Whether in business or your personal life, there are many non-verbal cues that can tell the people you want to meet quite a bit about you before you even open your mouth!
When walking into a room filled with possible prospects, contacts and people who you may not know, our basic instinct may be to present body language that is completely antithetical to the goal we would like to achieve by being there.
That said and by way of an article in Forbes, these are 15 of these body language blunders you want to try and avoid at all costs!
And of course, like many things we should be doing or avoiding, this can be easier said than done.
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1. Slouching is a sign of disrespect. It communicates that you’re bored and have no desire to be where you are. You would never tell your boss, “I don’t understand why I have to listen to you,” but if you slouch, you don’t have to—your body says it for you, loud and clear.
The brain is hardwired to equate power with the amount of space people take up. Standing up straight with your shoulders back is a power position. It maximizes the amount of space you fill. Slouching, on the other hand, is the result of collapsing your form—it takes up less space and projects less power.
Maintaining good posture commands respect and promotes engagement from both ends of the conversation.
2. Exaggerated gestures can imply that you’re stretching the truth. Aim for small, controlled gestures to indicate leadership and confidence, and open gestures—like spreading your arms apart or showing the palms of your hands—to communicate that you have nothing to hide.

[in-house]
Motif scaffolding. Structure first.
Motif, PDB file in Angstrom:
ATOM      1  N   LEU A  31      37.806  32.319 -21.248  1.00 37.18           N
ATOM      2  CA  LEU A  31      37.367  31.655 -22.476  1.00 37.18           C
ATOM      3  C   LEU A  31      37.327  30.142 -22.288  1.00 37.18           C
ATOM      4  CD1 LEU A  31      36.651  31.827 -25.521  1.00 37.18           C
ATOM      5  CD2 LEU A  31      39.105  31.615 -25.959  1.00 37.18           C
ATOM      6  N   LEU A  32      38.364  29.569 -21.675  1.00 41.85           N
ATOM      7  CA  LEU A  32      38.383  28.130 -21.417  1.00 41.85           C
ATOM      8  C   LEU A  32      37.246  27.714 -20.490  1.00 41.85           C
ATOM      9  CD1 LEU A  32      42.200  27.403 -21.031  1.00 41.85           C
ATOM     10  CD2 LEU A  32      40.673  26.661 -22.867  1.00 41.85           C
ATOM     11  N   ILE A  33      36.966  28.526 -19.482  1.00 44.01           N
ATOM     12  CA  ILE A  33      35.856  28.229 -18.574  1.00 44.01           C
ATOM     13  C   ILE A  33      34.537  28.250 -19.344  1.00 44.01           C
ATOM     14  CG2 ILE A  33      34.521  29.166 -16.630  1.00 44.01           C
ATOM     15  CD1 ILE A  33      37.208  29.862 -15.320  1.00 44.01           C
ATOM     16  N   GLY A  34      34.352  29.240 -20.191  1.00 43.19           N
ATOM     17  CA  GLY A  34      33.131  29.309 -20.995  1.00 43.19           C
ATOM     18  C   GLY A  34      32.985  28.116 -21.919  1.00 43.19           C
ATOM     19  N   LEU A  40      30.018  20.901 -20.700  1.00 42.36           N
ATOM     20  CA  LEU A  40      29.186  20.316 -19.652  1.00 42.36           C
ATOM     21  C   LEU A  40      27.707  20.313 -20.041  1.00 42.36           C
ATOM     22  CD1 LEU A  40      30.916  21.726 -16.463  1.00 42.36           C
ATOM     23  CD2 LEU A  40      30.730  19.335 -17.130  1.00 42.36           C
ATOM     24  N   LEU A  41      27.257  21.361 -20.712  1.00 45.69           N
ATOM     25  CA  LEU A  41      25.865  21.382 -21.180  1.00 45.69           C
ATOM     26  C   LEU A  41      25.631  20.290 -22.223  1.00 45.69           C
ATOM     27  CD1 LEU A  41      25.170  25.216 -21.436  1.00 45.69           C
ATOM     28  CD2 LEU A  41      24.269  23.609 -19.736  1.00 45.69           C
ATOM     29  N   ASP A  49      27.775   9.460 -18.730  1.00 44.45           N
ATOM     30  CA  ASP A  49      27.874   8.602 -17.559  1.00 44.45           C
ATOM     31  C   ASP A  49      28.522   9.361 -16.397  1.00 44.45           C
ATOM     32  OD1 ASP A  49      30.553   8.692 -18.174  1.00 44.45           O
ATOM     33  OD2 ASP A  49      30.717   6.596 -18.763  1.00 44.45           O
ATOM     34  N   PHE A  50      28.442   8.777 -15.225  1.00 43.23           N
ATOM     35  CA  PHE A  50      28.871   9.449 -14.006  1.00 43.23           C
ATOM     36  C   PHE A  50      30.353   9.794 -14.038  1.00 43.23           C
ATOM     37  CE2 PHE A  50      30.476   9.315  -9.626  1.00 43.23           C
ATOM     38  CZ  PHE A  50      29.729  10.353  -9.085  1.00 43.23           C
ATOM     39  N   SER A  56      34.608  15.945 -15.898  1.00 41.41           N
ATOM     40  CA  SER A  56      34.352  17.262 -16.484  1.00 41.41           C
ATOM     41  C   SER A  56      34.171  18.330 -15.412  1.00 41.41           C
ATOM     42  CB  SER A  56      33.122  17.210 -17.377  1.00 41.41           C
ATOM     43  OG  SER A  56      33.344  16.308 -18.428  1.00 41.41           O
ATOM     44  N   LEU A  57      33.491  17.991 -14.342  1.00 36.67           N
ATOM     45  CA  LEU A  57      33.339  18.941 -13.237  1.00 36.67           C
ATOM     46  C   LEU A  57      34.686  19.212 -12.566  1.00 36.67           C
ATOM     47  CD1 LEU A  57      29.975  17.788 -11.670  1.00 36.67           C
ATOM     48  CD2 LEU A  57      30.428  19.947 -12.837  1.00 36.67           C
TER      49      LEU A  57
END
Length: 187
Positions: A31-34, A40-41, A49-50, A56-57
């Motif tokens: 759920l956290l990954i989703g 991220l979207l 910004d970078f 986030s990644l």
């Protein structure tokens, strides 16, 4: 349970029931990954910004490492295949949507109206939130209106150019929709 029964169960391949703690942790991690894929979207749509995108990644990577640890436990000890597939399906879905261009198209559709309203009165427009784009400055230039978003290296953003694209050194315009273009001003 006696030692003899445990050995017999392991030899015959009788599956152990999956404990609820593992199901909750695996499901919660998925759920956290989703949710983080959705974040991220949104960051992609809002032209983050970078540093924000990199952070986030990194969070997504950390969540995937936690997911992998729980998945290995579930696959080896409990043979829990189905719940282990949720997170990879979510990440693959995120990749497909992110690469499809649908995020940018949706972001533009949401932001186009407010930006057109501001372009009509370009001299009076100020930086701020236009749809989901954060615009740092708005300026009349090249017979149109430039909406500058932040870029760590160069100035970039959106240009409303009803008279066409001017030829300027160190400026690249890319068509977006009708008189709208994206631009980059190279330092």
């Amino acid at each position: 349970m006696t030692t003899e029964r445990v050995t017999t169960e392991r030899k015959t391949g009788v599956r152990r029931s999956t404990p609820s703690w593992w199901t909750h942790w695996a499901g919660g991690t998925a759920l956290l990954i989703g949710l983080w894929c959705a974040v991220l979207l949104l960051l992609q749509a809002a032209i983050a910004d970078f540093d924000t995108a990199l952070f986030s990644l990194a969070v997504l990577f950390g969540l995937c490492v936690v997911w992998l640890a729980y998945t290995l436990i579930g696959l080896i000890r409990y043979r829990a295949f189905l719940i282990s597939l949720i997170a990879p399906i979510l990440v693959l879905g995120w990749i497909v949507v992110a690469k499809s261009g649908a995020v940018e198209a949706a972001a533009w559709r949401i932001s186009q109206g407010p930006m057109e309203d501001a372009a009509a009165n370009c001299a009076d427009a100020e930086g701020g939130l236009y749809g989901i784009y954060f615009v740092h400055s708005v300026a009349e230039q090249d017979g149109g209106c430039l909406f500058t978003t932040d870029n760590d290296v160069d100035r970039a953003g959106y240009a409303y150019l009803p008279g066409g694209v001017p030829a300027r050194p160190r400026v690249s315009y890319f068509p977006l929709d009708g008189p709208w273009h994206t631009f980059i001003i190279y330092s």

3. Watching the clock while talking to someone is a clear sign of disrespect, impatience, and inflated ego. It sends the message that you have better things to do than talk to the person you’re with, and that you’re anxious to leave them.
4. Turning yourself away from others, or not leaning into your conversation, portrays that you are unengaged, uninterested, uncomfortable, and perhaps even distrustful of the person speaking.
Try leaning in towards the person who is speaking and tilt your head slightly as you listen to them speak. This shows the person speaking that they have your complete focus and attention.
5. Crossed arms—and crossed legs, to some degree—are physical barriers that suggest you’re not open to what the other person is saying. Even if you’re smiling or engaged in a pleasant conversation, the other person may get a nagging sense that you’re shutting him or her out.
Even if folding your arms feels comfortable, resist the urge to do so if you want people to see you as open-minded and interested in what they have to say.
6. Inconsistency between your words and your facial expression causes people to sense that something isn’t right and they begin to suspect that you’re trying to deceive them, even if they don’t know exactly why or how.
For example, a nervous smile while rejecting an offer during a negotiation won’t help you get what you want; it will just make the other person feel uneasy about working with you because they’ll assume that you’re up to something.